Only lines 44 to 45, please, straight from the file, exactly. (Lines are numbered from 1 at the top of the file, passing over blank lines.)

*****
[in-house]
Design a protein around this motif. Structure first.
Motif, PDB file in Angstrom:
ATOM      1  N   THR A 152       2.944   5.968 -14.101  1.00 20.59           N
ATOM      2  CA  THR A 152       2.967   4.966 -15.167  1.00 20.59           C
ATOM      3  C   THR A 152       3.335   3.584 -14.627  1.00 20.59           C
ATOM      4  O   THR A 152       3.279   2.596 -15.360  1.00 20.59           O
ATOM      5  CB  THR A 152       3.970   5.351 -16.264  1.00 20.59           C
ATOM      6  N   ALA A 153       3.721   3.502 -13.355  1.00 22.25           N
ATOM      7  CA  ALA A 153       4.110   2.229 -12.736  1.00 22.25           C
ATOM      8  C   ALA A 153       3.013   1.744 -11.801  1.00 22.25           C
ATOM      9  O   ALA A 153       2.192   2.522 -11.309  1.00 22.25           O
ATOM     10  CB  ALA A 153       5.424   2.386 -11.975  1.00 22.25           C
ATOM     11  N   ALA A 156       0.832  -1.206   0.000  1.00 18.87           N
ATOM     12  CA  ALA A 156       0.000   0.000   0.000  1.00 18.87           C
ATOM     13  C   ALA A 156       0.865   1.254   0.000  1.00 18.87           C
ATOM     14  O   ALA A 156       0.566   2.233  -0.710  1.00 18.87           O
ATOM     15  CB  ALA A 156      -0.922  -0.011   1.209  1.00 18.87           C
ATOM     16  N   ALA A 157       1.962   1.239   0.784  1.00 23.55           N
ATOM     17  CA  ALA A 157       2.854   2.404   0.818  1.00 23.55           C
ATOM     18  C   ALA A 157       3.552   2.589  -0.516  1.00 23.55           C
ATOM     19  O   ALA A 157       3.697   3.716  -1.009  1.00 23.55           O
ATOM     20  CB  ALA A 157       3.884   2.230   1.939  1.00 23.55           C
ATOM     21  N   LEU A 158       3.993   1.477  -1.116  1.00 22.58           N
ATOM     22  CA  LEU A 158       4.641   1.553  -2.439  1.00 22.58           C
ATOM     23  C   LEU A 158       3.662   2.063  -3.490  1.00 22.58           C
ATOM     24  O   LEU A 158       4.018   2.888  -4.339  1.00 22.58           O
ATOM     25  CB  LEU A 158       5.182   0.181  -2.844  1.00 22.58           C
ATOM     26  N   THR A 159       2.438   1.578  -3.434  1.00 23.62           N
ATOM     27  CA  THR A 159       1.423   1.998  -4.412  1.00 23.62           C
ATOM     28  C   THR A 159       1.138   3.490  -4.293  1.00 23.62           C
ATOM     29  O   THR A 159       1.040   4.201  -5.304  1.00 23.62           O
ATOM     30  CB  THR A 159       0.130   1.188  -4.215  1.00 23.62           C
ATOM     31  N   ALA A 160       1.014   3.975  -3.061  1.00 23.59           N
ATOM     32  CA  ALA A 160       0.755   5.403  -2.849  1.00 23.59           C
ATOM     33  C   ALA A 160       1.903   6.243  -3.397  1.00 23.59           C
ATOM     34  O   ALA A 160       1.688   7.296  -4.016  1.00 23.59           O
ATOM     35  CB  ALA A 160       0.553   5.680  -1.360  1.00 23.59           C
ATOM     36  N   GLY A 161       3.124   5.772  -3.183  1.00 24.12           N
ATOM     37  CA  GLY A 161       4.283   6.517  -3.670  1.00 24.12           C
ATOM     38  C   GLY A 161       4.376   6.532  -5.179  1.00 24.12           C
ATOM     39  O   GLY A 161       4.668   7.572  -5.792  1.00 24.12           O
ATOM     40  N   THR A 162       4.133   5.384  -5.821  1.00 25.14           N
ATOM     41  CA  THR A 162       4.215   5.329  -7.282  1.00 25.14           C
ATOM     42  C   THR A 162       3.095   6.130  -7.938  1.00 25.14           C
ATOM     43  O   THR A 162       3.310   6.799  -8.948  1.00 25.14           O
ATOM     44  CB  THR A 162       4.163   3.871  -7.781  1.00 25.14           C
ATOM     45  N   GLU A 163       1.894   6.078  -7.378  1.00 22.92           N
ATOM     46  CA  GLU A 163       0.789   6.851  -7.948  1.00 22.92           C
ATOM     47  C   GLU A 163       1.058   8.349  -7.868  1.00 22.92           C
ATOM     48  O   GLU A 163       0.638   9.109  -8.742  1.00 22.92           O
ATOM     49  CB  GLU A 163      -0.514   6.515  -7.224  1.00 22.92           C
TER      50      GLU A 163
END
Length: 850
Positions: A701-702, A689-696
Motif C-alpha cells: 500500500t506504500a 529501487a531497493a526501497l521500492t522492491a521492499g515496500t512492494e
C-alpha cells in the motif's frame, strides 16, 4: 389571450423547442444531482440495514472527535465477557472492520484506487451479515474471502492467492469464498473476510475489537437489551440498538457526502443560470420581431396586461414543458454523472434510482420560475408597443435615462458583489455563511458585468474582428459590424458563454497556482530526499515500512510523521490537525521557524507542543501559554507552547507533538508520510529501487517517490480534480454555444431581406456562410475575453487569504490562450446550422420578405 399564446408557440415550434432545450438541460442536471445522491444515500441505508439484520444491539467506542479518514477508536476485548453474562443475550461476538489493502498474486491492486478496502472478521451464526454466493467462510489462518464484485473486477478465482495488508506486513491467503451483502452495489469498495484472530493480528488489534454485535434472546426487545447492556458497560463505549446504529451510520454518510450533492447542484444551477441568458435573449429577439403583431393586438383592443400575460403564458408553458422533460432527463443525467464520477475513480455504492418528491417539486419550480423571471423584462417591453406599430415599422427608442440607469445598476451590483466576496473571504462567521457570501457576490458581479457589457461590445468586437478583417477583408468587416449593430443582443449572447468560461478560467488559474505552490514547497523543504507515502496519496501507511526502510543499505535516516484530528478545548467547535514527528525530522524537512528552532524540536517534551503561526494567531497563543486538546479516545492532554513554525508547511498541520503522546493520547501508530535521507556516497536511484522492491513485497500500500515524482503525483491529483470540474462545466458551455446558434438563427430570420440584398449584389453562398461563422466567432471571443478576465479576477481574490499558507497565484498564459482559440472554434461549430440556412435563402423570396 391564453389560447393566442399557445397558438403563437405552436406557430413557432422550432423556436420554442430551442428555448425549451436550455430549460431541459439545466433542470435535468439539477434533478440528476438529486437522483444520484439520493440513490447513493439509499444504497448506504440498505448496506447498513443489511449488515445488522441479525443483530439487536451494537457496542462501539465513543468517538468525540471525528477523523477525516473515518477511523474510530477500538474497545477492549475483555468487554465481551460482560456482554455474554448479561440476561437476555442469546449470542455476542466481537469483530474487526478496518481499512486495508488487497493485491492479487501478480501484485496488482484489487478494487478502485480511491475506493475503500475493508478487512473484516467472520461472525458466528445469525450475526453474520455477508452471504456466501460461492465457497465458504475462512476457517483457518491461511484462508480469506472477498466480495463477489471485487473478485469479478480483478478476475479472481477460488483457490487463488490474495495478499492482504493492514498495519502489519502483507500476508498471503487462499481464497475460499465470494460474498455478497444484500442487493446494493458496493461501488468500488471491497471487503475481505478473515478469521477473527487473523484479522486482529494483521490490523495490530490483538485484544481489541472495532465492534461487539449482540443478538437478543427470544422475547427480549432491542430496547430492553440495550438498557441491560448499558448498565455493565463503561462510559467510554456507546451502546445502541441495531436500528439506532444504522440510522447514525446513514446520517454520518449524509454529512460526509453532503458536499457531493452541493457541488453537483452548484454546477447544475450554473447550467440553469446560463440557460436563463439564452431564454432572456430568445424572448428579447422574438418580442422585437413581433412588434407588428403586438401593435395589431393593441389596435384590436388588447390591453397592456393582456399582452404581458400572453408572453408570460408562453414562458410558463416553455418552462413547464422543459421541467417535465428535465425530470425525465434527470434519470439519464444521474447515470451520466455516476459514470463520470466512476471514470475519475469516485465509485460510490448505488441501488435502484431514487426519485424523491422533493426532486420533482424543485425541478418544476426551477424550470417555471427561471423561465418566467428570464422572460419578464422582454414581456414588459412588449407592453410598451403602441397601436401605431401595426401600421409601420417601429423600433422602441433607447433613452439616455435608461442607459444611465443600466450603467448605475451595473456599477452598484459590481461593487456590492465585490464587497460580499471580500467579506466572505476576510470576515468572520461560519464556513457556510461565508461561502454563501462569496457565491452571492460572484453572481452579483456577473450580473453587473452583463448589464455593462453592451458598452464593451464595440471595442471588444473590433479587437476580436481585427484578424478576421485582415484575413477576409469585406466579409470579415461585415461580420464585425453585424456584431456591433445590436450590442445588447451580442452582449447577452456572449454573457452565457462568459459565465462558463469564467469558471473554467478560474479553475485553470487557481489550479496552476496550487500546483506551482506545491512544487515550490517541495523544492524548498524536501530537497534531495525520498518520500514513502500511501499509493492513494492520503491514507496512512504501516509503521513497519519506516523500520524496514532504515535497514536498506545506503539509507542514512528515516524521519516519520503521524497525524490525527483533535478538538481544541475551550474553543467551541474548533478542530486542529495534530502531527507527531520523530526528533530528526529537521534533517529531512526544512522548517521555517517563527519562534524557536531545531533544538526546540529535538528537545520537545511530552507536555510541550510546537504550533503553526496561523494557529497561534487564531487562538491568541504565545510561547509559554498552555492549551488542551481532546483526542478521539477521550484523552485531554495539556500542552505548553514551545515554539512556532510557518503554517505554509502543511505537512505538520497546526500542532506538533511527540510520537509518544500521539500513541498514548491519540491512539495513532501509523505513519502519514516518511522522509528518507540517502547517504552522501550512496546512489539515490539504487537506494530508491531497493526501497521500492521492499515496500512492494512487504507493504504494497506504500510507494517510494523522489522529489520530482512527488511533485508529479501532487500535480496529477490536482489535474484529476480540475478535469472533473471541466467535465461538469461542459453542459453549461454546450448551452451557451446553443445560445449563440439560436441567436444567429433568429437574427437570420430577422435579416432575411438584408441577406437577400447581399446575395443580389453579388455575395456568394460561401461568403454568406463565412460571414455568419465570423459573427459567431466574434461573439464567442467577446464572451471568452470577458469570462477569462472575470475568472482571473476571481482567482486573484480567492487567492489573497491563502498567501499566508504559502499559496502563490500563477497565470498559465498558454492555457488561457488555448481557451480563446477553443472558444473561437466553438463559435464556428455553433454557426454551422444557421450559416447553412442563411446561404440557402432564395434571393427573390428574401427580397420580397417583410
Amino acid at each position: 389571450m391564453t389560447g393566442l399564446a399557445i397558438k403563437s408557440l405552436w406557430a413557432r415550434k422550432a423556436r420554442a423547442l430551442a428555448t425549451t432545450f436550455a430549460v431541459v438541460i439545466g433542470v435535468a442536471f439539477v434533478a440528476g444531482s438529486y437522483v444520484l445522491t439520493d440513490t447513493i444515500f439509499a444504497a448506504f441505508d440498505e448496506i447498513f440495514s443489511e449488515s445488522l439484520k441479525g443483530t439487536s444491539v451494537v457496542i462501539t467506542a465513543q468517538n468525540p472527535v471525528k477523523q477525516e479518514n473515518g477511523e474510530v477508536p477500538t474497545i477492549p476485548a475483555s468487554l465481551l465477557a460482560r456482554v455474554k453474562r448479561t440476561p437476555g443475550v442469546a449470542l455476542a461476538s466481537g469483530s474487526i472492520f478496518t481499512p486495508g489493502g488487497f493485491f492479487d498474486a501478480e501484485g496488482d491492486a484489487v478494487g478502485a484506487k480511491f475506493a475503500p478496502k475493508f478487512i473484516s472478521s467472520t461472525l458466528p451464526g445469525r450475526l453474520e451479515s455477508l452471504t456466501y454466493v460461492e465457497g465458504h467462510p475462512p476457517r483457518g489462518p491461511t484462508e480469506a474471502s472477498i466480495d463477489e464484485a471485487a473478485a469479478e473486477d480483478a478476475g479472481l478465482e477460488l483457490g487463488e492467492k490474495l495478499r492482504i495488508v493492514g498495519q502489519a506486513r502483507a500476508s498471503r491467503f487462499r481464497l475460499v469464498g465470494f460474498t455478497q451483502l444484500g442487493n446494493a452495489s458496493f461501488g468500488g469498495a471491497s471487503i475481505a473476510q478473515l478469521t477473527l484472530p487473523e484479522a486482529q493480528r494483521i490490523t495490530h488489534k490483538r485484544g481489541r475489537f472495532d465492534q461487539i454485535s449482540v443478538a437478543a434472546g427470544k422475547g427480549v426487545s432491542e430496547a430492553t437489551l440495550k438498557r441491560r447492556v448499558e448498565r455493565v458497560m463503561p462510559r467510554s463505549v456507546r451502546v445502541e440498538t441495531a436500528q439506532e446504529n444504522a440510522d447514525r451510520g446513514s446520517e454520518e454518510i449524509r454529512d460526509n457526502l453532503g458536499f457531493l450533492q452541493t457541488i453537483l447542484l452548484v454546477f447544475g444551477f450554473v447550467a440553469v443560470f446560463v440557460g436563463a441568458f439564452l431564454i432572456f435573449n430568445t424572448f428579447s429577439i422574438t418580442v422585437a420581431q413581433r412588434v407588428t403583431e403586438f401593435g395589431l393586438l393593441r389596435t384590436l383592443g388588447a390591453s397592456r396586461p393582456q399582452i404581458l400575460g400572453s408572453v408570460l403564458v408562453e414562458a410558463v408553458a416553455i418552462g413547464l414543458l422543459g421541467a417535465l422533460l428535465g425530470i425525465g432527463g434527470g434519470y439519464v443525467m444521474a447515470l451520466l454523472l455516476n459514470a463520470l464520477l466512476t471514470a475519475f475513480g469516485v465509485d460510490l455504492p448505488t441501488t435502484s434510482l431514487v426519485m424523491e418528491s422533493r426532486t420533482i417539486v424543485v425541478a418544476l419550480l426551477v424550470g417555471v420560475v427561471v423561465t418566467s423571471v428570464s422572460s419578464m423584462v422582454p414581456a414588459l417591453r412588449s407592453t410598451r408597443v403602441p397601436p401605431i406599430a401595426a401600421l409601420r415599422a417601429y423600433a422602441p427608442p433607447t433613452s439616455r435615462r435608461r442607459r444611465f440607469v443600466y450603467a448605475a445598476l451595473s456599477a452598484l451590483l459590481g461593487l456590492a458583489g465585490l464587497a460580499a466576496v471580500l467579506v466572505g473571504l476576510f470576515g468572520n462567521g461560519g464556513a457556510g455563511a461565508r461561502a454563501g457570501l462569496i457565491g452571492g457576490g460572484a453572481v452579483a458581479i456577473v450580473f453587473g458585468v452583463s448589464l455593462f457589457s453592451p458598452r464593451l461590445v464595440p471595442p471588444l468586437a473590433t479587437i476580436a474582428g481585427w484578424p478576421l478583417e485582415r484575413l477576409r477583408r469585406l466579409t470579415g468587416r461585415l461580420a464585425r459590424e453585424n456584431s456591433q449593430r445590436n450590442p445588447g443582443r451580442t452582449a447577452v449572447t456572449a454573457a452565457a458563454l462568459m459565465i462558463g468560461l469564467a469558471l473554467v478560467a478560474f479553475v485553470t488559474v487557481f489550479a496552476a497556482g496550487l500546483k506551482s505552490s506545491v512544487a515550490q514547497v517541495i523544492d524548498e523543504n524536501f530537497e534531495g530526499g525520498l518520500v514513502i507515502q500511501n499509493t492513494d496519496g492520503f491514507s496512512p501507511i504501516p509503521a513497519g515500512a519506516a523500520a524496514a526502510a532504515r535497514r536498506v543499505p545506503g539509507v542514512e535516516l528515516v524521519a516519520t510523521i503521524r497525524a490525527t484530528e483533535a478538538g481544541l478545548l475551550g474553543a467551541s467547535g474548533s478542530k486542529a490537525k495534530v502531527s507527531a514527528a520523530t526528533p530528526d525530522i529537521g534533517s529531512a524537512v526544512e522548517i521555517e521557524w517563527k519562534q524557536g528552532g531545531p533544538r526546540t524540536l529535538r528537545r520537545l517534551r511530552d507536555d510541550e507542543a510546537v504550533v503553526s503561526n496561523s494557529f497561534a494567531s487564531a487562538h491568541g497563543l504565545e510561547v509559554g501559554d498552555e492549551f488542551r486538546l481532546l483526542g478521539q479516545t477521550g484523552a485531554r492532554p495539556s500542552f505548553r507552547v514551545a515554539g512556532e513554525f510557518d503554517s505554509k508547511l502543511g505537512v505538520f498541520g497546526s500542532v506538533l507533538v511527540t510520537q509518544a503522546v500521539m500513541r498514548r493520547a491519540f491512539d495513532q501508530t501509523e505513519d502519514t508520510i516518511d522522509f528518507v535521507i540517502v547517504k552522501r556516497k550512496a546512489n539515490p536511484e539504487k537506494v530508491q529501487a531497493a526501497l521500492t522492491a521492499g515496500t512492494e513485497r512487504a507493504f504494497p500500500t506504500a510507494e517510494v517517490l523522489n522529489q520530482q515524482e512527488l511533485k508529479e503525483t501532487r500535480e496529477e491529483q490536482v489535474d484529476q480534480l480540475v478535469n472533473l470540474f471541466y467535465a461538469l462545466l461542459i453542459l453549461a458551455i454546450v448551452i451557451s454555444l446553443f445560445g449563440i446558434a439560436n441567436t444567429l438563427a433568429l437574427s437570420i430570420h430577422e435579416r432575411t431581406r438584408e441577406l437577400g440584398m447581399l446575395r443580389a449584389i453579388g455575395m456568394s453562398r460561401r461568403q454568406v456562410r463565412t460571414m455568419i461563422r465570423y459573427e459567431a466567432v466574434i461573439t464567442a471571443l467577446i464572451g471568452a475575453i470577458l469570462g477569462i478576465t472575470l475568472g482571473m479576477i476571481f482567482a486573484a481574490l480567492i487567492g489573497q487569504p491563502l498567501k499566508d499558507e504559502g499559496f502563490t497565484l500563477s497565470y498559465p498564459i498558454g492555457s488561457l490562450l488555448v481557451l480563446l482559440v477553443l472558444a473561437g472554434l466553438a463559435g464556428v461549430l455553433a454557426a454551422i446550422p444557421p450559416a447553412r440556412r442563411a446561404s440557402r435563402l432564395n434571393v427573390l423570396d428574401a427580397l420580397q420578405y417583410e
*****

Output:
ATOM     41  CA  THR A 162       4.215   5.329  -7.282  1.00 25.14           C
ATOM     42  C   THR A 162       3.095   6.130  -7.938  1.00 25.14           C